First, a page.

Newport News Republican City Committee Chairman Chuck Young says the negative ads toward the end of the race hurt Mickey Chohany's campaign against Sen. John Miller, D-Newport News.
"I was disappointed for Mickey Chohany," Young said. "I thought it was a close result for a closely contested election."
But Young said a state party ad that tried to link Miller to imprisoned former Del. Phil Hamilton, R-Newport News, ultimately backfired with voters. The ad slammed Miller for backing legislation to give Virginia aviation companies tax breaks before getting a job at Orion, a company that benefited from the exemptions.
The implication was that Miller used his position to gain employment, as Hamilton did to get a job at a teacher training center at Old Dominion University. Hamilton was sentenced to 9 1/2 years in jail on federal corruption charges.
Chohany asked state party officials to pull Hamilton's image from the television ad and a mailer, calling the images "gratuitous and unnecessary portrayals."
Miller fired back with a negative ad of his own, blasting Chohany for health citations received at his restaurant. But Young said the fallout from the initial ads featuring Hamilton threw Chohany off message against the incumbent Miller.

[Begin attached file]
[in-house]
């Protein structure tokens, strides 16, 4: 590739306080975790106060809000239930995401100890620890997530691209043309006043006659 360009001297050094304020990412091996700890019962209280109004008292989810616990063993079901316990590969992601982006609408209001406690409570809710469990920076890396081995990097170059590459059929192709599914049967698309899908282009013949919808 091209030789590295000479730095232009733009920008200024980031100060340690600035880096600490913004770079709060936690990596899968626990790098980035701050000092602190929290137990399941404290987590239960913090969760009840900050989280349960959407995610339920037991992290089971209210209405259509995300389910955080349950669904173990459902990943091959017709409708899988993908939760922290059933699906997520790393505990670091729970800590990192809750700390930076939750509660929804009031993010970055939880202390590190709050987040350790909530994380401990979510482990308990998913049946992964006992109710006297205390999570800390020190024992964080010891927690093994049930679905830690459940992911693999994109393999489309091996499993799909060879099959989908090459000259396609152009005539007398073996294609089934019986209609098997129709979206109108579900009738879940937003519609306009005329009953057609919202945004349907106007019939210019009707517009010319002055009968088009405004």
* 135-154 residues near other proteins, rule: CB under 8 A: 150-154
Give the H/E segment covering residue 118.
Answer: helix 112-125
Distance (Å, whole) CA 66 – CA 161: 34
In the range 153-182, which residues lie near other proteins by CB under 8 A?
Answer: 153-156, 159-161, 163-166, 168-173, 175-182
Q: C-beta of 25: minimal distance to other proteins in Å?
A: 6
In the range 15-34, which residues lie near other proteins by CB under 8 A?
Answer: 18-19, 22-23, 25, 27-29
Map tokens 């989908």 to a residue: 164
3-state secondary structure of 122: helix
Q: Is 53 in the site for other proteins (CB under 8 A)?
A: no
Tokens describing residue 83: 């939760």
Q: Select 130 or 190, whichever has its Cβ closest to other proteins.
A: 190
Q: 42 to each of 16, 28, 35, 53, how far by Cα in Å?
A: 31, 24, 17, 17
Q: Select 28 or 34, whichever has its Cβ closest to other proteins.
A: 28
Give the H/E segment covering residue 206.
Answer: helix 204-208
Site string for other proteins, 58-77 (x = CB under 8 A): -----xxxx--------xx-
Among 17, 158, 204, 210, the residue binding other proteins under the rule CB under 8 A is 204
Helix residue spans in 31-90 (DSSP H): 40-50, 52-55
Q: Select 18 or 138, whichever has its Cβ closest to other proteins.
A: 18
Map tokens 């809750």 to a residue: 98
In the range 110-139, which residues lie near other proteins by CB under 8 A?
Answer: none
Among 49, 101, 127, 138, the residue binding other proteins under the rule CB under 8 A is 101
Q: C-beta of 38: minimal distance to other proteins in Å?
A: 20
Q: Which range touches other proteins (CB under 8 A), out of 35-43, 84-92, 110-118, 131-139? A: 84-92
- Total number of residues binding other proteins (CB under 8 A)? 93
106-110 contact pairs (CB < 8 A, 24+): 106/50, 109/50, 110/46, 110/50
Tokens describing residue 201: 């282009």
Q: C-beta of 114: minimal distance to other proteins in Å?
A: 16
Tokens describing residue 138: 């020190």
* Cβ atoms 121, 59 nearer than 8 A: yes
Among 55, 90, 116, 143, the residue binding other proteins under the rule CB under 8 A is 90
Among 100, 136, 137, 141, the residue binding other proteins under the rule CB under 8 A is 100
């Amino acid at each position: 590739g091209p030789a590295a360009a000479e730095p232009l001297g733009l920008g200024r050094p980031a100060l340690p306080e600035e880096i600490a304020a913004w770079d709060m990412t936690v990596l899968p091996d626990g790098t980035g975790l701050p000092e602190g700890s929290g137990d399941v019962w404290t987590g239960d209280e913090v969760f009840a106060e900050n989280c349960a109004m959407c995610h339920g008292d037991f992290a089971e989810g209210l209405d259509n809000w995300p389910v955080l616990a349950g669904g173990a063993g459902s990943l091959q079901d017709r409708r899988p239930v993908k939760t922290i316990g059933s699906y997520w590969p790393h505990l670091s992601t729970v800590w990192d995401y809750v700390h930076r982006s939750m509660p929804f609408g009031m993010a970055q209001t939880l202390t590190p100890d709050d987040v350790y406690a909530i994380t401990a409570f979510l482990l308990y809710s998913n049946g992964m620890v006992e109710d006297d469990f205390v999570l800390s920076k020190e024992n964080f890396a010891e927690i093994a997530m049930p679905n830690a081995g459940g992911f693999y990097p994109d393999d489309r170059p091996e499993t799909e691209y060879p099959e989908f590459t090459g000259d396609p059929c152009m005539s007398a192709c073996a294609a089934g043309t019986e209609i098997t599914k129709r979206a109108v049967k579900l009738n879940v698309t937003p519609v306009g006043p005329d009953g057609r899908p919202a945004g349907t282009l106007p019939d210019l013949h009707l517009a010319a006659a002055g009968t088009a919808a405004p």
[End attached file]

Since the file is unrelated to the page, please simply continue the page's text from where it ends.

"I think it immediately reminds us that running a positive, values-oriented campaign is always the right strategy. When we get diverted from that, we don’t do the voters any service," Young said.
Young contrasted the race with the successful campaigns of David Yancey, who was elected to the 94th District House of Delegates seat, and Mike Watson, who defeated Del. Robin Abbott, D-Newport News.
"I think voters are looking to find the qualities of the person running and don’t like negative campaigns," Young said.
David Rexrode, executive director of the Republican Party of Virginia, said he had no regrets about the ads tying Miller to Hamilton.
"I don’t think we would have done anything different," Rexrode said. "I think it's an issue that the voters should hear about."
Rexrode said he didn't think the negative ad was to blame for Chohany's loss, but blamed redistricting of Miller's seat by the then Democrat-controlled Senate. "Democrats drew the lines in a very particular manner to protect their incumbents," Rexrode said.